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Quad-Cities Lead(h)er Celebrates Five Years Of Making Mentor Matches

Megan Brown-Saldana is absolutely a girl on FIRE, and she’s lighting up the Quad-Cities with warmth, community activism and professional development.

Quad-Cities Lead(h)er Celebrates Five Years Of Making Mentor Matches

At the Sept. 29, 2020 Lead(h)er celebration, executive director Megan Brown-
Saldana (center) poses with award winners Rumaisa Khawaja (left), and Cara Joiner (the 2020 Mentor of the Year).

The 31-year-old executive director of the growing nonprofit Lead(h)er is ready to celebrate the fifth birthday of the women’s mentorship and empowerment organization. Lead(h)er is hosting their fifth-annual Girl on Fire Awards on Wednesday, Sept. 1st at 12 noon, virtually. They honor women who have exemplified the mission of fueling career and community engagement in the workforce.

“Area organizations and businesses are stepping up to make sure all women in our community have access to free individualized mentorship,” Brown-Saldana said recently, noting Lead(h)er is grateful to have the Davenport-based executive search firm Management Resource Group sponsor the Girl on Fire Awards. “The Girl on Fire Awards recognize women mentors and mentees who are making a huge impact here in the Quad-Cities. Thanks to our sponsor Management Resource Group, all virtual attendees can participate for free. All are welcome to join and celebrate 5 years of striking matches for women in the workforce.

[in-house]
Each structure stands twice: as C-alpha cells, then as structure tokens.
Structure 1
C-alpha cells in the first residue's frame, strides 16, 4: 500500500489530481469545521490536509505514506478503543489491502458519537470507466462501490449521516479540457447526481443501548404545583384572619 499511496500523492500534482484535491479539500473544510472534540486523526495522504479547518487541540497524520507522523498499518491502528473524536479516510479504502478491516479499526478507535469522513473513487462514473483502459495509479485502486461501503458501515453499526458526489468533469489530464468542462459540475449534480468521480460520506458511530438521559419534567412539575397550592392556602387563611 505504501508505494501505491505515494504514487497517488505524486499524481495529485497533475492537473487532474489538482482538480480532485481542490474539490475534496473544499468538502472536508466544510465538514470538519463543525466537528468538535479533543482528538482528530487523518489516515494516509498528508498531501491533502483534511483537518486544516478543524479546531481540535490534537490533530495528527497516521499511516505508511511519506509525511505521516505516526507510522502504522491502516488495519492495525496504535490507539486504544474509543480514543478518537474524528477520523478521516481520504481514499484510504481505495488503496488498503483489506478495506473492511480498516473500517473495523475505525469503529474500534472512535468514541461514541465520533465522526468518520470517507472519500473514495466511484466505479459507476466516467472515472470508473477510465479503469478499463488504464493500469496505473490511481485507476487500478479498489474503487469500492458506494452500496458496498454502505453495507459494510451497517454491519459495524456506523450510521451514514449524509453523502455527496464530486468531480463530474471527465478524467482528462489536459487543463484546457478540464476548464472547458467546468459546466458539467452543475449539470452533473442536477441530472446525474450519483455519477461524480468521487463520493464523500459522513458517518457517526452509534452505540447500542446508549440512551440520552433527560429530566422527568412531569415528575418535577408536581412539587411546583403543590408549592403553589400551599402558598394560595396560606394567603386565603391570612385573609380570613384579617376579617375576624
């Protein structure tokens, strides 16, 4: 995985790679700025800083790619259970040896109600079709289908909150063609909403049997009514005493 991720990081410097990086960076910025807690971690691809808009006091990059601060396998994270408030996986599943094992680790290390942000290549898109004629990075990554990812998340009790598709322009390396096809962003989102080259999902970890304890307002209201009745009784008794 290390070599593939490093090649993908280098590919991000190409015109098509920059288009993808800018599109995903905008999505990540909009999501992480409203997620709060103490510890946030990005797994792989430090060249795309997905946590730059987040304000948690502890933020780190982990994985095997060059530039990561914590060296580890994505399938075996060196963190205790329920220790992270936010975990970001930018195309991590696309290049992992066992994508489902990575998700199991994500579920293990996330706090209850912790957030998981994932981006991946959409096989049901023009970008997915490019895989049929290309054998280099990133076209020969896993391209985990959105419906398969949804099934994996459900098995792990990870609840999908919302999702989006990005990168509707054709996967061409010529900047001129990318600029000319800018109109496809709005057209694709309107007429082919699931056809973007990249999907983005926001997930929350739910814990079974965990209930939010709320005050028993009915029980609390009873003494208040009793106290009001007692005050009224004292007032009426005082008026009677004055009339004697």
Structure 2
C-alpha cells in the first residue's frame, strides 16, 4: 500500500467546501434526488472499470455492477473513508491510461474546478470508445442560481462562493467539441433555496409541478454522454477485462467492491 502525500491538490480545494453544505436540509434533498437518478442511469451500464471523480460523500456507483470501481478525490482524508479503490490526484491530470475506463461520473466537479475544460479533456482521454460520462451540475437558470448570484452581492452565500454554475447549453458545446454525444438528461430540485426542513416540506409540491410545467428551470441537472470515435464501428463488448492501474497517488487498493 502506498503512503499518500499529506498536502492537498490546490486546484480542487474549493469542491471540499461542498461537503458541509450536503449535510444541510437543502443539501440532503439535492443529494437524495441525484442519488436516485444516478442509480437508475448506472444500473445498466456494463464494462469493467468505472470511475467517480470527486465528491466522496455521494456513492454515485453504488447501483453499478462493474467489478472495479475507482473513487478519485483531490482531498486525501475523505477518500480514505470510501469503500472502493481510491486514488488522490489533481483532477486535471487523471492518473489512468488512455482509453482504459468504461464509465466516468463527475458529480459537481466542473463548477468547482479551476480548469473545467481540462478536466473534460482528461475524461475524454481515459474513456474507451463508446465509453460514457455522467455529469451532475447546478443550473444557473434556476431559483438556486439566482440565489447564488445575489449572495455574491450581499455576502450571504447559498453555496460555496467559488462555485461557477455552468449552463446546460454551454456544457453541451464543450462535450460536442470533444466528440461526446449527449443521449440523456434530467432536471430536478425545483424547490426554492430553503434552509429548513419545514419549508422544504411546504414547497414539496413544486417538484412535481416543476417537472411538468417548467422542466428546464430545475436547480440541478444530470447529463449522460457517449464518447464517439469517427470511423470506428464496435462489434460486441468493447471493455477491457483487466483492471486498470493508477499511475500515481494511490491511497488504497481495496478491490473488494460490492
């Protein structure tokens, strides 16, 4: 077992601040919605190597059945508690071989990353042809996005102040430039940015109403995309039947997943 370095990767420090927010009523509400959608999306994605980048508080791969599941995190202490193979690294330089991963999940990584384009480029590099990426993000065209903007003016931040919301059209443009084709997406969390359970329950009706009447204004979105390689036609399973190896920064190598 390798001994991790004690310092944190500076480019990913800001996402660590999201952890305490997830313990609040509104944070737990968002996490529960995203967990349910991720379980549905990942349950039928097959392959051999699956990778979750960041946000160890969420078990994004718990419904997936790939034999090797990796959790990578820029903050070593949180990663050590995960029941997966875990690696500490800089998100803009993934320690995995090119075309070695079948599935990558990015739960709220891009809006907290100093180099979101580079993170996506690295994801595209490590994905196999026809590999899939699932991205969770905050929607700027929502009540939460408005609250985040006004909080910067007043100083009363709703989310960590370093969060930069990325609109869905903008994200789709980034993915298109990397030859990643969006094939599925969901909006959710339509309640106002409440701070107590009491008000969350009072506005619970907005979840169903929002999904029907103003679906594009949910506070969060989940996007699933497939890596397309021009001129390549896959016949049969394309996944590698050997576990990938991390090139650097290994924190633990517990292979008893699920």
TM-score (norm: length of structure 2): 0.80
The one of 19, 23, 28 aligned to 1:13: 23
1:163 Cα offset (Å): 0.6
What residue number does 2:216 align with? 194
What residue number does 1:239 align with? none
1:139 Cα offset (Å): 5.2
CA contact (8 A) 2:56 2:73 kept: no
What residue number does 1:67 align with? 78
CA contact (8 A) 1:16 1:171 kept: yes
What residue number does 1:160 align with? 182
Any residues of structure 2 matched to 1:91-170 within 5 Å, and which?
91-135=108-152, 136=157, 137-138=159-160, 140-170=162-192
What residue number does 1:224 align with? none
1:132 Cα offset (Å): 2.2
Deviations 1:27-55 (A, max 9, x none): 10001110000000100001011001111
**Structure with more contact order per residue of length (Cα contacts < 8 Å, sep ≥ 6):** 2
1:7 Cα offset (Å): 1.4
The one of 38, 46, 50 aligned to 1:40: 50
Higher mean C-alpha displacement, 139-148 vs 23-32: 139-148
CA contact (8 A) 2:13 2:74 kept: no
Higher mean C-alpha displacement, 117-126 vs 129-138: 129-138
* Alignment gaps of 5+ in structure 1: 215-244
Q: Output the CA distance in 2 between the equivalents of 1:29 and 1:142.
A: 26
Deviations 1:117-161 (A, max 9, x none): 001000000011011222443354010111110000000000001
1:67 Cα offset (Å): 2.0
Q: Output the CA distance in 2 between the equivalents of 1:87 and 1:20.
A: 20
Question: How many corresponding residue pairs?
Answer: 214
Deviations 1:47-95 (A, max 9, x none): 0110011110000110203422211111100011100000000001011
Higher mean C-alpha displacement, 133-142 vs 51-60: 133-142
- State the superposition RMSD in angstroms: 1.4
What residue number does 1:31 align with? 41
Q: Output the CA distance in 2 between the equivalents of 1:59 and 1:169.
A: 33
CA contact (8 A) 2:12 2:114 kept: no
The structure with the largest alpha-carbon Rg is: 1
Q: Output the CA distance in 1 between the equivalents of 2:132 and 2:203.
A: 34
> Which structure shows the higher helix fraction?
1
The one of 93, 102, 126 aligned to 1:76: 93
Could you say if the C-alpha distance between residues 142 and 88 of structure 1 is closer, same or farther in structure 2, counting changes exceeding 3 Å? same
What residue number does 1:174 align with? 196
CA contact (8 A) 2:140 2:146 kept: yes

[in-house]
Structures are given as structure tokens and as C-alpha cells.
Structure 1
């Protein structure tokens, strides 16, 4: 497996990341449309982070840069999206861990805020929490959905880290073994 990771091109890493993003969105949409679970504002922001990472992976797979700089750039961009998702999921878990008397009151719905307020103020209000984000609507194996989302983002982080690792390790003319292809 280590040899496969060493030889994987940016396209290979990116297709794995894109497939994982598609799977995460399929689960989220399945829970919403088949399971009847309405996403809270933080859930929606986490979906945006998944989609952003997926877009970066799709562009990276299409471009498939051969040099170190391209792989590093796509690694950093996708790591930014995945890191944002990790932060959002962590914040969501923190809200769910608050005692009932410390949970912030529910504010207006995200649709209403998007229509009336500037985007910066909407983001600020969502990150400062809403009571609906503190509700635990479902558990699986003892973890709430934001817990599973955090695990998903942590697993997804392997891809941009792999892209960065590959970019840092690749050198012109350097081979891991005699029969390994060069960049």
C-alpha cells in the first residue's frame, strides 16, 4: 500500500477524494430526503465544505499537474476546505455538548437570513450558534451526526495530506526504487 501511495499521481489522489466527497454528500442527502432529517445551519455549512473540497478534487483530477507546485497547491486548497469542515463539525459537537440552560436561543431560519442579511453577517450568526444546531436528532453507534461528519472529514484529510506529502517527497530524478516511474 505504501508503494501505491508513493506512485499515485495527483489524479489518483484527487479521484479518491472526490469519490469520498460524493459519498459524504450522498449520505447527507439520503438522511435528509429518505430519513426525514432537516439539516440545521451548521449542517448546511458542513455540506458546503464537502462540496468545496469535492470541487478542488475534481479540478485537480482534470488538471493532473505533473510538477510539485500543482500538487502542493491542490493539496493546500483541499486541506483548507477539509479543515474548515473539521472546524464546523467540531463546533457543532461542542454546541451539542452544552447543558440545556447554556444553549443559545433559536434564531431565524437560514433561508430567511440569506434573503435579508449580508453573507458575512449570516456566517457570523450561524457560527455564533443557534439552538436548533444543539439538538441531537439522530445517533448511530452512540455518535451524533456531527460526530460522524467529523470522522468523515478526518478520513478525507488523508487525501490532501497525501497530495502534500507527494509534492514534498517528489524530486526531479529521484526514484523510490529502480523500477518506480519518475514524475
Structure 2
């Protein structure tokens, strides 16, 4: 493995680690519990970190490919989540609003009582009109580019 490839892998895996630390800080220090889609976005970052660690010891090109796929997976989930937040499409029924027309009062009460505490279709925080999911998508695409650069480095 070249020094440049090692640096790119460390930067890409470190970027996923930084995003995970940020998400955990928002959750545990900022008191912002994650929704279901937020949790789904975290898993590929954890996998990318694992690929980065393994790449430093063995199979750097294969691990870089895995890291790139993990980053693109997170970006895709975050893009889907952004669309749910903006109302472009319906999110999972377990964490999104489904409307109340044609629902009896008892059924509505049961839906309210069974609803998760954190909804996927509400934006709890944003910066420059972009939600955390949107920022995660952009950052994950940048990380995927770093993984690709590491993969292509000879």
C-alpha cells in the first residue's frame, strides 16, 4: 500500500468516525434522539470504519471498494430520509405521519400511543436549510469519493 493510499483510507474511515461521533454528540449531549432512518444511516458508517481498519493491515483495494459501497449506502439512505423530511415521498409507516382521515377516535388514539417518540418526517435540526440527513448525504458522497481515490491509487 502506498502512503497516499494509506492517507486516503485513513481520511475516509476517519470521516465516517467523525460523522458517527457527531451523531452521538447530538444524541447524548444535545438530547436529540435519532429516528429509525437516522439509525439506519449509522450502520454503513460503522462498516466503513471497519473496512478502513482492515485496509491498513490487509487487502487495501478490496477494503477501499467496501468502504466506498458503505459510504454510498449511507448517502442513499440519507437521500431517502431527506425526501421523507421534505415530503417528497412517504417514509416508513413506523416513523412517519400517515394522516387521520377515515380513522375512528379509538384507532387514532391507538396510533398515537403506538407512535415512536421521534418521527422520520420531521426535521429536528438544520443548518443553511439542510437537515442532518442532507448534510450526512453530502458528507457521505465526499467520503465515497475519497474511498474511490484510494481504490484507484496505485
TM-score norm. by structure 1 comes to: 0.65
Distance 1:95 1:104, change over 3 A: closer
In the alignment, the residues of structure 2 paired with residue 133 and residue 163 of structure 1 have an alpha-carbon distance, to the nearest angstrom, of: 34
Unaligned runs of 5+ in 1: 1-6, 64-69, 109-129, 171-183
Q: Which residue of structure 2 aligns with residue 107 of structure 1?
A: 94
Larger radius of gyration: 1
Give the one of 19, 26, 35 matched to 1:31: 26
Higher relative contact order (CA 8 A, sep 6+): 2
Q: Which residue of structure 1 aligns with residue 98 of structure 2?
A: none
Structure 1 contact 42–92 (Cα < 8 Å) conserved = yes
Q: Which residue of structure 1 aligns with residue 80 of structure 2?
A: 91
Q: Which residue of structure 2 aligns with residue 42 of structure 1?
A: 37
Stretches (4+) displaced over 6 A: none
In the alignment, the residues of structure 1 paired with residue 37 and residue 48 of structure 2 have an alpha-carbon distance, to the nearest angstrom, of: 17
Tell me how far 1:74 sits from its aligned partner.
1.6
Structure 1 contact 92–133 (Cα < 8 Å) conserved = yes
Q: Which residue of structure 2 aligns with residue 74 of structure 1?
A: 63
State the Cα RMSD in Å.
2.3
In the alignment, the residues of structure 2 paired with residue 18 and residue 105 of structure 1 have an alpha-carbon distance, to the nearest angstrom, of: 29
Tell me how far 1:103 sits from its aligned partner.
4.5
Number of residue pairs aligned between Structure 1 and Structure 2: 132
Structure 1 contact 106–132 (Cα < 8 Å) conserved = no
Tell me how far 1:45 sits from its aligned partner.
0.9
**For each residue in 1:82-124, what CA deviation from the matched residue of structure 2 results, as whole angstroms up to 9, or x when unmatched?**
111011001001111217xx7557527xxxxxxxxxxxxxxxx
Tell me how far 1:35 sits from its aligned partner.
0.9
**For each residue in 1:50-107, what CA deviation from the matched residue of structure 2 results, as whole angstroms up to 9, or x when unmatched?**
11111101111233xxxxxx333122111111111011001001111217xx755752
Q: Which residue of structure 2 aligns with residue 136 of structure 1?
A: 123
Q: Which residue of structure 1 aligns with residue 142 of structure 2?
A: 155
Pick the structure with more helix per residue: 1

Lead(h)er is a local mentorship program fueling career and community engagement for women. To date, Lead(h)er has matched 861 mentors and mentees in the region. Lead(h)er is a free resource due to the generosity of sponsors.

Quad-Cities Lead(h)er Celebrates Five Years Of Making Mentor Matches

Megan Brown-Saldana became the second executive director of Lead(h)er in January 2020.

Like this year, last year the Girl on Fire celebration was held virtually, Sept. 29, 2020, from the Iowa Empowerment Center at One River Place, 1225 E. River Drive. Lead(h)er shared stories from across its matches of female mentors and mentees, and highlighted successes. The awards honor Mentor of the Year and Mentee of the Year — amazing women nominated by their peers who show exceptional commitment. Lead(h)er offers free mentorship to young professionals, free networking, guest speakers and professional development, as well as an inspirational spark to serve their community.

For the 5th birthday, they won’t have an in-person party as they hoped (on Sept. 2 with live music and food at Quinlan Court), because of the recent rise in Covid cases. “Now we’re going to do the Girl on Fire Awards the same, but we’ll announce the winners virtually at that time, instead of at the birthday party,” Brown-Saldana said.